One year after I watched the DVD Discover Benares Historic House I finally read a novel inspired by this house: Jalna, by Mazo de la Roche. The first in the aptly named Jalna series, it was written in 1927, yet with de la Roche’s subsequent works which involved prequels, Jalna ends up ranking seventh in the entire series of sixteen. I did not feel as if I was missing out on plot or character backgrounds by reading this novel first; after all, de la Roche’s audience would have read it first as well. To show how the author’s succession of novels plays havoc with their order within the series, the sixteenth and final novel, Morning at Jalna from 1960, is an ur-prequel, where it ranks second in the series. I believe that with a chronology like this, the narrator in the Discover Benares documentary got it right by saying readers could pick up any of the Jalna novels and not feel lost or in need of playing catch-up. Each novel was its own encapsulated Jalna entity. 

For a novel nearing one hundred years old Jalna read with alarming speed. I could not put this book down as its dialogue seemed most contemporary and its plot twists–involving family infidelities–could have come right out of a 21st century soap opera. Centenarian matriarch Adeline Whiteoak lords over her family, all of whom are housed within Jalna (as depicted on the book’s cover). I always enjoyed–as well as was a little repulsed by–Adeline’s constant demands for a peppermint. Family members would have to dig around in her purse to find them, and not only that, but feed them to her. I never understood why Adeline needed her helper to put the mint into her mouth. It made an unsightly picture, though, of a centenarian contorting her face into a grotesque pucker as she awaited the refreshing sweet. A family tree at the start of the novel was most helpful and I referred to it throughout my reading. Oldest grandson Renny is the master of Jalna and is known to be a ladies’ man. Renny and Eden, his brother, find the proximity of gorgeous new sisters-in-law who have come to live at Jalna to be irresistible. The two Whiteoak brides realize their new lives within Jalna are boring and ordinary and not what they had hoped. The wooded grounds around Jalna make for perfect secret rendezvous between brother and sister-in-law–and also for accidental interlopers.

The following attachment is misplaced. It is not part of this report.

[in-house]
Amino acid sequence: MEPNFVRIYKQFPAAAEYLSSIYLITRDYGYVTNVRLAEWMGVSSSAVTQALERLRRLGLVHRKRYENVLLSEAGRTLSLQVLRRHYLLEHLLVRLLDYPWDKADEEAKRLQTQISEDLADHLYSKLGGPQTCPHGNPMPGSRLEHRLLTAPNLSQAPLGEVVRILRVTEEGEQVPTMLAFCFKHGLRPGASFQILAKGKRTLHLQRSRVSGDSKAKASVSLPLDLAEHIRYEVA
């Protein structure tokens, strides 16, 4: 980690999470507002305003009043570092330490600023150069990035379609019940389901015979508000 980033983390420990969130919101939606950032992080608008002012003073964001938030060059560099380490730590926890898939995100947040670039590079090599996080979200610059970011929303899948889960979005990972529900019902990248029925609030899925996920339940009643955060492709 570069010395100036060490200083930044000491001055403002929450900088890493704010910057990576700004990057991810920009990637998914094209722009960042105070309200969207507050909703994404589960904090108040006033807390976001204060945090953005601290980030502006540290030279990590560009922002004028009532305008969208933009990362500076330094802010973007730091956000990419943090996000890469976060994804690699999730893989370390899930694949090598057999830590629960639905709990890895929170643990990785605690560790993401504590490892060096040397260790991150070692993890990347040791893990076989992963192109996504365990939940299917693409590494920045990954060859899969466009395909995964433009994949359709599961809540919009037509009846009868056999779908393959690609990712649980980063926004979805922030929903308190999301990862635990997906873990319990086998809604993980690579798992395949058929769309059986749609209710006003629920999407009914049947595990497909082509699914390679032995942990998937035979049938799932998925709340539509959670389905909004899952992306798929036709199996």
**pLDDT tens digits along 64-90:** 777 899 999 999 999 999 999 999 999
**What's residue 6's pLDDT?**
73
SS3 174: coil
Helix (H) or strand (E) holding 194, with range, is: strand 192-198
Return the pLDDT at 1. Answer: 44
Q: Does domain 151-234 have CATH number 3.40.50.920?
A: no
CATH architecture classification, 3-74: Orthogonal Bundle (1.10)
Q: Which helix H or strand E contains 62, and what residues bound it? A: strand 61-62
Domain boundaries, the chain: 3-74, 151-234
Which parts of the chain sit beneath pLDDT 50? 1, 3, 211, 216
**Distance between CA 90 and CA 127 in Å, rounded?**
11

Among the dramas of marriages and breakups are the antics of young “Wake” ( = Wakefield), the ten-year-old who milks his heart condition to do and get anything he wants. He exploits others with his ability to cry at the drop of a hat and doesn’t seem to be so weak that he has to sit out sports activities and horseplay, yet he uses his condition to avoid his lessons with his private tutor, whom the family employs because he is “too weak for school”. You will either love Wake or hate him. I just want to throttle him. 

De la Roche, who lived in the Clarkson area of what is now known as Mississauga, described the village as she knew it a hundred years ago. Horseback, phaetons or early automobiles transported the Whiteoaks from Jalna to the village or along the shore of Lake Ontario. Although I did not take many notes while I read Jalna, I was nonetheless impressed with her gift of imagery. Three passages I enjoyed are: 

“‘I shall write a poem about Americans,’ laughed Eden, and the glance that flashed from his eyes into Alayne’s was like a sunbeam that flashes into clear water and is held there.”


“The rain was now descending tumultuously. How such a rain would bounce again from the pavement in New York! Here it drove in unbroken shining strands like the quivering strings of an instrument.”


“Although they lived in the house together, they were separated by a wall, a relentless wall of ice, through which each was visible to the other, though distorted by its glacial diffusions. Now on the cliff, in the sunshine, the wall seemed likely to melt, and with it the barrier of her intellectual self-control.”

I was pleasantly surprised to find that this work by Mississauga’s most famous author was such a passionate read. My initial impression was that I would be reading the novel purely out of historical interest–and that I wouldn’t be particularly fond of it. But, de la Roche was a local author and I like local history, so I should read it anyway. Yet she has given me such an inspiration to read more by and about her. The edition of the book I read was from 2006 and thus after eighty years is still in print. I want to watch the Benares DVD again and finally, this spring or summer, bike on over to take a look at the house that inspired the Jalna series. I mean after all the place is practically next door.

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